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The Most Important Social Skills Milestones Your Child Should Be Reaching

There are specific social skills milestones that all children should reach. Here are some of the most important social milestones your child should be reaching between the ages of one and fourteen. Please note that this list is not meant to replace consulting with a professional. Should you need professional guidance call 914.488.5282 for more information.

By the age of one:
• Smile spontaneously, responds to his own name, respond to no, responds differently to strangers than to familiar people, imitates simple actions of others

Between ages one and two:
• Refers to self by name, initiates self- play and will play alone, recognize self in mirror or picture, imitates adult behaviors in play, helps put things away

Between ages two and three:
• Plays near other children, will watch them and briefly join in their play, begins pretend play, participates in simple group activity, knows gender identity, defends own positions, symbolically uses objects when playing

Between ages three and four:
• Joins in play with other children for longer periods of time and begins to interact, share toys, takes turns with assistance, and begins acting out whole scenes in dramatic play

Between ages four and five:
• Comfortably plays and interacts with other children, shows interest in exploring gender differences and has realistic dramatic play with specific details

Between ages five and six:
• Chooses own friends, plays competitive games, engages in cooperative play with other children involving group decisions, role assignments, and fair play.

Between ages six and ten:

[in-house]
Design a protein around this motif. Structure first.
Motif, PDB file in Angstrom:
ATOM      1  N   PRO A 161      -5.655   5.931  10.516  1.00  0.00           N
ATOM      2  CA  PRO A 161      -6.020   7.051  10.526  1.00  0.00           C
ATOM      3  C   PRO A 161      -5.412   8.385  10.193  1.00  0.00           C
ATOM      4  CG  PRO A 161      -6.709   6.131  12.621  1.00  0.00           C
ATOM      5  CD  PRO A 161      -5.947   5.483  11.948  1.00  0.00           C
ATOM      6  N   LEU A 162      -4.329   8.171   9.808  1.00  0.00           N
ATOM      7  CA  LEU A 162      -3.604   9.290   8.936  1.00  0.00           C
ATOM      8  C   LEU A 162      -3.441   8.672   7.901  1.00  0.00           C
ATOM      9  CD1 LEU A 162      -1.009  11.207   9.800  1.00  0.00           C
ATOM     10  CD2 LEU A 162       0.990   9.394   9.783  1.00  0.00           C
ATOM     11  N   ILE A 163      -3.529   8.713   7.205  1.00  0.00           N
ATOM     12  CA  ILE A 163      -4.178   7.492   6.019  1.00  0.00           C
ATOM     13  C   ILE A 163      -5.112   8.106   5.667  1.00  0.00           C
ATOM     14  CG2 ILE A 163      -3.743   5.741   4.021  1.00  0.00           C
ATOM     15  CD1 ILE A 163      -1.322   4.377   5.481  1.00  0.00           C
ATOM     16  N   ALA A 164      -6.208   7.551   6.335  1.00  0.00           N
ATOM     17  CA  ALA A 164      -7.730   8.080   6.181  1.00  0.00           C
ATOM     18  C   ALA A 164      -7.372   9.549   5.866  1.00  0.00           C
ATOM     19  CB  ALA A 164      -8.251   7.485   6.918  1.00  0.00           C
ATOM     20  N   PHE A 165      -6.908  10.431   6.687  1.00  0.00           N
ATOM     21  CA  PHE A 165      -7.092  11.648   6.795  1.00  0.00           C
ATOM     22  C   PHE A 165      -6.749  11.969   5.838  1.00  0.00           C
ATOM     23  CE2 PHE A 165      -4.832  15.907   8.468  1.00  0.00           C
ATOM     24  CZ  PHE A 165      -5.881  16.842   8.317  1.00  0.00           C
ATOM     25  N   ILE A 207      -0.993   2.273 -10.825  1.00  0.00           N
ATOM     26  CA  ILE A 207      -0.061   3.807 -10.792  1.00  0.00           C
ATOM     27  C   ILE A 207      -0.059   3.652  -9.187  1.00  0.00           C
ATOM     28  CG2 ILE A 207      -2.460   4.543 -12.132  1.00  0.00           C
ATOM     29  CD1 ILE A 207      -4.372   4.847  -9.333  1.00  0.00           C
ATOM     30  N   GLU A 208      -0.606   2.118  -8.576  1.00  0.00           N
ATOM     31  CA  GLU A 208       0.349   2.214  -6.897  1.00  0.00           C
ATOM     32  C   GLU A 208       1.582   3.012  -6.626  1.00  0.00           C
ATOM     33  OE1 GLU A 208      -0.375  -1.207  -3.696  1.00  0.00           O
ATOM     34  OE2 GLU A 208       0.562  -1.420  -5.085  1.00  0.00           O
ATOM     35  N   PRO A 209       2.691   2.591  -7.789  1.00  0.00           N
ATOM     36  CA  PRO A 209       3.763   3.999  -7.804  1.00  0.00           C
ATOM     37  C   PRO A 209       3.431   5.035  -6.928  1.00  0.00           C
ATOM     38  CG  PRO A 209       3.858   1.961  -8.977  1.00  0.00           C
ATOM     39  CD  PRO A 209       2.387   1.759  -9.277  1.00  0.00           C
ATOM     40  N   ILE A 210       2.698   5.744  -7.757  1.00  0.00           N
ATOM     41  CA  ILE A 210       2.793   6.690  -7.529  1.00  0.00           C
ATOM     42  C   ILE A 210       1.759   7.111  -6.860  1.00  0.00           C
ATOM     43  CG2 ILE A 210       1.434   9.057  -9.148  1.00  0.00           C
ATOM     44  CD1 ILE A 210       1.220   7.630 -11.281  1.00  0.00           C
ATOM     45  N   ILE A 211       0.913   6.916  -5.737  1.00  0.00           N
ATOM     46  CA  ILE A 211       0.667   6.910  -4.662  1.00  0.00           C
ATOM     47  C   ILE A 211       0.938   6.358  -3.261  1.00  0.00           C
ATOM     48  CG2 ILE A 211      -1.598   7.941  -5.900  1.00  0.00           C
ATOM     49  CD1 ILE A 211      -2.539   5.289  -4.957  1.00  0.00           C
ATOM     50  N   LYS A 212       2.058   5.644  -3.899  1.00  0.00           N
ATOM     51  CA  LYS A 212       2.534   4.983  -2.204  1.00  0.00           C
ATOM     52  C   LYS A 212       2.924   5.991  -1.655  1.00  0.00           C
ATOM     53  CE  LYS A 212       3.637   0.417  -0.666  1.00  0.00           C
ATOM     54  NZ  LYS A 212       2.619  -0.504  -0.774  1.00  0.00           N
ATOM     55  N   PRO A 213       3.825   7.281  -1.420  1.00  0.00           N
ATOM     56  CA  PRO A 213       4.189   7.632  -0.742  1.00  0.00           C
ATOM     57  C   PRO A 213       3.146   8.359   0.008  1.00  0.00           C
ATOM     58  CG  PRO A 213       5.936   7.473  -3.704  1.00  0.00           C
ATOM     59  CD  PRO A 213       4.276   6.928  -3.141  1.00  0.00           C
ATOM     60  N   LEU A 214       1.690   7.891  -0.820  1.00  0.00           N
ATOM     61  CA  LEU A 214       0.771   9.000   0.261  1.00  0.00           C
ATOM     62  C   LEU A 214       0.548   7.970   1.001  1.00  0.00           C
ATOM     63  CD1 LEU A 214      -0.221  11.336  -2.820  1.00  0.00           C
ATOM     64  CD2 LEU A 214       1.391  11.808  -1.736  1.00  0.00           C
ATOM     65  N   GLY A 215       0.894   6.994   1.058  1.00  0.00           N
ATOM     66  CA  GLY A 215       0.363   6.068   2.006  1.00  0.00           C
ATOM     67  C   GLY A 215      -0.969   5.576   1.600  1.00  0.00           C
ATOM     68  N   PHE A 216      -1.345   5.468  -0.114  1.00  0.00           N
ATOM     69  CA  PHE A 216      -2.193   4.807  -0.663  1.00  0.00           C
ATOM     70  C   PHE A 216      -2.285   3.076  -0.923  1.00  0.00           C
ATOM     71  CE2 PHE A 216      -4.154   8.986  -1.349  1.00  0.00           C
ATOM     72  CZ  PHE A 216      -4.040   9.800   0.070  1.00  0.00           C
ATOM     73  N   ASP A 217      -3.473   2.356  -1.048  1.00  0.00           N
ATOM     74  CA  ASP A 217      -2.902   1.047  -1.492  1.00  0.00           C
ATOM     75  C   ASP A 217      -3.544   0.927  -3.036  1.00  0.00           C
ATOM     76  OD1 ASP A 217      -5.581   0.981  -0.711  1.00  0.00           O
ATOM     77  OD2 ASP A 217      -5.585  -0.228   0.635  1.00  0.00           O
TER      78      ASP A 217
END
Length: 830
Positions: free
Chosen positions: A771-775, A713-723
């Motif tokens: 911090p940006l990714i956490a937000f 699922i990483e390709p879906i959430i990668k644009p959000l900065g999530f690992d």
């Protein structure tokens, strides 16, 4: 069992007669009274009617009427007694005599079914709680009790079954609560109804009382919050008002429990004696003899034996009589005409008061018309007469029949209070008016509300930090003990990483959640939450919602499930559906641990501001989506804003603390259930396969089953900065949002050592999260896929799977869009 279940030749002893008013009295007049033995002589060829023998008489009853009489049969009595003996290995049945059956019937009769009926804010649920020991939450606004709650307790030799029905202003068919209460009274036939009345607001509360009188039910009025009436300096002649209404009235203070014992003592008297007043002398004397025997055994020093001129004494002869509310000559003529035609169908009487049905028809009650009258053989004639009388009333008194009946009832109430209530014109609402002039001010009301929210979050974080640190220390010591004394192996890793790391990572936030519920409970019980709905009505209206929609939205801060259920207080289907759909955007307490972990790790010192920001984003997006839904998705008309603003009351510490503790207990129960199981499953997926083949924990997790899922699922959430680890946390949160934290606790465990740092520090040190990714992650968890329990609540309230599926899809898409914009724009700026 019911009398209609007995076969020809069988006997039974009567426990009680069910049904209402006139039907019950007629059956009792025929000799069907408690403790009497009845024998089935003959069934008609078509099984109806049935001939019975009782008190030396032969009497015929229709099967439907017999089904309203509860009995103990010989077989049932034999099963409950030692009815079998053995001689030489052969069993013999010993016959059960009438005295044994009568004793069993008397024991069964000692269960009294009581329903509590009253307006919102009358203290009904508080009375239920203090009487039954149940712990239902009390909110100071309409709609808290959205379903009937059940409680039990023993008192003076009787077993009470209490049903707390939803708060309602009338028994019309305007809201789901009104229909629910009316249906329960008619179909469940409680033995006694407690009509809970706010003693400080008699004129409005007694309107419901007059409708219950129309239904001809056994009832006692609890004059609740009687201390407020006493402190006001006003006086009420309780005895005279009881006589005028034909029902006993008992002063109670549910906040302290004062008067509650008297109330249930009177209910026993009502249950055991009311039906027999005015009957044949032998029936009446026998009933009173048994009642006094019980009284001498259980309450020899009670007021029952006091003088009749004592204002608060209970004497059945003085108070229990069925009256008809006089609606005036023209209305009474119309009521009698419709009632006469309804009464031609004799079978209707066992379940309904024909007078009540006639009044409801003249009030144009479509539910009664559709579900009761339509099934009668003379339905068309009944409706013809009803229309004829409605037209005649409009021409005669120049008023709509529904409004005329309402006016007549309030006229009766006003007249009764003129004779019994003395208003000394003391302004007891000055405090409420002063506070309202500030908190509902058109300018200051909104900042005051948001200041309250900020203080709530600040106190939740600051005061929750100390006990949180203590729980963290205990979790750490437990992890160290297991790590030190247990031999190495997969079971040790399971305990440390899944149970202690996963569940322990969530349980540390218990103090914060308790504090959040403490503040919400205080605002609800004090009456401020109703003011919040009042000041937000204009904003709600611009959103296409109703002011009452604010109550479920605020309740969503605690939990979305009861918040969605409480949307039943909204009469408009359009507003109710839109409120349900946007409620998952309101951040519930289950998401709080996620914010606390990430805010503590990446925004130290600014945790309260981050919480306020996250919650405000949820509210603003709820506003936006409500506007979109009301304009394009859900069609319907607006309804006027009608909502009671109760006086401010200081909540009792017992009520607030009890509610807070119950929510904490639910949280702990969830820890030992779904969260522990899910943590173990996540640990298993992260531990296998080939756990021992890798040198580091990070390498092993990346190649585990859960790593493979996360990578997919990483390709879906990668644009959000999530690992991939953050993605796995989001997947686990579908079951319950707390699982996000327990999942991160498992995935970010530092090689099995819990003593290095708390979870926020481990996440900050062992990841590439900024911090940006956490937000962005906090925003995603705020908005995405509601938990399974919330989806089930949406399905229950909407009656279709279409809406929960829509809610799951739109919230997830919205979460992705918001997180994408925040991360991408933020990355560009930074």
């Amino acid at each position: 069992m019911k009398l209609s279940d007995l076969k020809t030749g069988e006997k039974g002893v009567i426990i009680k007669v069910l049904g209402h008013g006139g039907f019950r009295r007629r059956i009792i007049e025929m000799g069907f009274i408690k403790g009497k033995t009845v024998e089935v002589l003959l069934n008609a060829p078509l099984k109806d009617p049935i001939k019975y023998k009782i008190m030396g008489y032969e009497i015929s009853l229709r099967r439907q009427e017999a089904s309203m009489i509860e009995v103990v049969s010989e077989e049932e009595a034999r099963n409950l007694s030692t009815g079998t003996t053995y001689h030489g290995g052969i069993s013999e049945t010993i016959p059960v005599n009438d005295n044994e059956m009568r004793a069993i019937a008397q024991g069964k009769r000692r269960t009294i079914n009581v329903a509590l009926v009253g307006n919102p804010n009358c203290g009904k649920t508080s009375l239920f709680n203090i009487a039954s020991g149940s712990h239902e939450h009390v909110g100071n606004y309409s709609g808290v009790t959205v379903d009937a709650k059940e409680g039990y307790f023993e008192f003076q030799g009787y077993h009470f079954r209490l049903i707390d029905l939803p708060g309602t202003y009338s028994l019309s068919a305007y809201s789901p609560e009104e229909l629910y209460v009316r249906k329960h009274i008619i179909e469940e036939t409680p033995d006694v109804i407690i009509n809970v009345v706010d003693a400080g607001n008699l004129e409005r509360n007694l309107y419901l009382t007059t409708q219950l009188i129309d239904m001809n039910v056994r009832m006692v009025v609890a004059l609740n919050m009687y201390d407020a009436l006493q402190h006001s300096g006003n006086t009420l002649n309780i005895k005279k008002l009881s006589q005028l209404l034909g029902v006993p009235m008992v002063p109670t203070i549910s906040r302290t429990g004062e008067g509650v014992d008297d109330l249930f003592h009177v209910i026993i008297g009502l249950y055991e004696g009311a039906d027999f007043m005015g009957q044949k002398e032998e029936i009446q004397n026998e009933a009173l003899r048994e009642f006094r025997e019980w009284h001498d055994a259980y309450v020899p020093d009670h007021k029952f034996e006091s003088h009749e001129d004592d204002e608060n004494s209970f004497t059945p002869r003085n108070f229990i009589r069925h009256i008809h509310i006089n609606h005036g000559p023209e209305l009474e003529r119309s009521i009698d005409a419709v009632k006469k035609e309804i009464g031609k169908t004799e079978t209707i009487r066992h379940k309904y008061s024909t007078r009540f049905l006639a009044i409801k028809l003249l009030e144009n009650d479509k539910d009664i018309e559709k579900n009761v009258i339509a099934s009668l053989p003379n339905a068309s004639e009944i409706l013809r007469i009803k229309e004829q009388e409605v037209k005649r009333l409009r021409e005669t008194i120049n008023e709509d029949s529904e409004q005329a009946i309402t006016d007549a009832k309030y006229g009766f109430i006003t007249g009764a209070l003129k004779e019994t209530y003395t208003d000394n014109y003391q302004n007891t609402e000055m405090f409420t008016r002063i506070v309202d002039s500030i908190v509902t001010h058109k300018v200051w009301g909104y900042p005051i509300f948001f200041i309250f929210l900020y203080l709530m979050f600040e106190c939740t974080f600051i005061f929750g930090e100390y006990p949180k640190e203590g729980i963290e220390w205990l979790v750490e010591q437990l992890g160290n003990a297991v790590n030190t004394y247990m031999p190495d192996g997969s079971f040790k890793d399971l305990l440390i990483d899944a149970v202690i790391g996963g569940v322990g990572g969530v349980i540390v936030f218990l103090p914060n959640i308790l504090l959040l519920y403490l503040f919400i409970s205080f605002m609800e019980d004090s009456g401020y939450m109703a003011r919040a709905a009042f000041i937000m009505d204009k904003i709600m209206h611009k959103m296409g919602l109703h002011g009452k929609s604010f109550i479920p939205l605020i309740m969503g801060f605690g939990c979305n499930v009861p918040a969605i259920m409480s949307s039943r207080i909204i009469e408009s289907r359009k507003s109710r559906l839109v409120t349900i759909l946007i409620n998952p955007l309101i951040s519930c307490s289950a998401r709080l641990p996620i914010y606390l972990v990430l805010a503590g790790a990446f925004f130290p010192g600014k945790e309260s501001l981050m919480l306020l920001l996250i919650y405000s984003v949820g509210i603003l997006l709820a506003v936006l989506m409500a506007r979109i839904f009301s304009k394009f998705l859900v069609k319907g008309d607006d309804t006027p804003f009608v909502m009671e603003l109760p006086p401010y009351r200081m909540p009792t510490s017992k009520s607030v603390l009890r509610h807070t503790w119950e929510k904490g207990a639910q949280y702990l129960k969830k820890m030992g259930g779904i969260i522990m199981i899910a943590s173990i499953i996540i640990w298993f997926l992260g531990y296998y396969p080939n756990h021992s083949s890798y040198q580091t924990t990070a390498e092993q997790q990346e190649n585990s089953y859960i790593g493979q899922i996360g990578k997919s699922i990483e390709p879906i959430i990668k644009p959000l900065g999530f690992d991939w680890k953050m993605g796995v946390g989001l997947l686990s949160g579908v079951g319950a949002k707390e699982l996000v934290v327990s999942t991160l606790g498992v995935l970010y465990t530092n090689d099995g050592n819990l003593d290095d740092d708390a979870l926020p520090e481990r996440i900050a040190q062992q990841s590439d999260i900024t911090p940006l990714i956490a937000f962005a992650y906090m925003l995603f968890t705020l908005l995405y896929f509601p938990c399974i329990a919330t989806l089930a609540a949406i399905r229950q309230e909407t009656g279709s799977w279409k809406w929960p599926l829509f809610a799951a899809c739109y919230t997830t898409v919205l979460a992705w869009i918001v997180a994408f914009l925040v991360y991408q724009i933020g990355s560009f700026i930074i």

• Makes friends easily and friends become more important, knows right from wrong, needs love and understanding, becomes more self-aware and self-esteem can be fragile, becomes a better loser and more able to accept blame, feels guilt and shame, likes clubs and teams, wants to be part of a group.

Between ages ten and fourteen:
• Establishes individuality and separation from parents; friends and social life become the primary motivations of behavior.

You should seek qualified professional guidance if your child has not achieved all of the milestones of his age group by the time he reaches the next age level. If you are concerned about you child’s social development call 914.488.5282 for more information about how we can help.

About the author: Isa Marrs is the Founder and Executive Director of the Where I Can Be Me® social skills program. She is a board-certified speech-language pathologist who specializes in pragmatic language (social skills) disorders in children. She is an expert in the field who is frequently sought after by institutions and therapists to provide training for working with these and other disorders. Isa also served as a guest expert on Nickelodeon’s ParentsConnect.com, and has been quoted by numerous top media such as Disney’s BabyZone.com, LoveToKnow.com, and Univision. She can be reached at 914.488.5282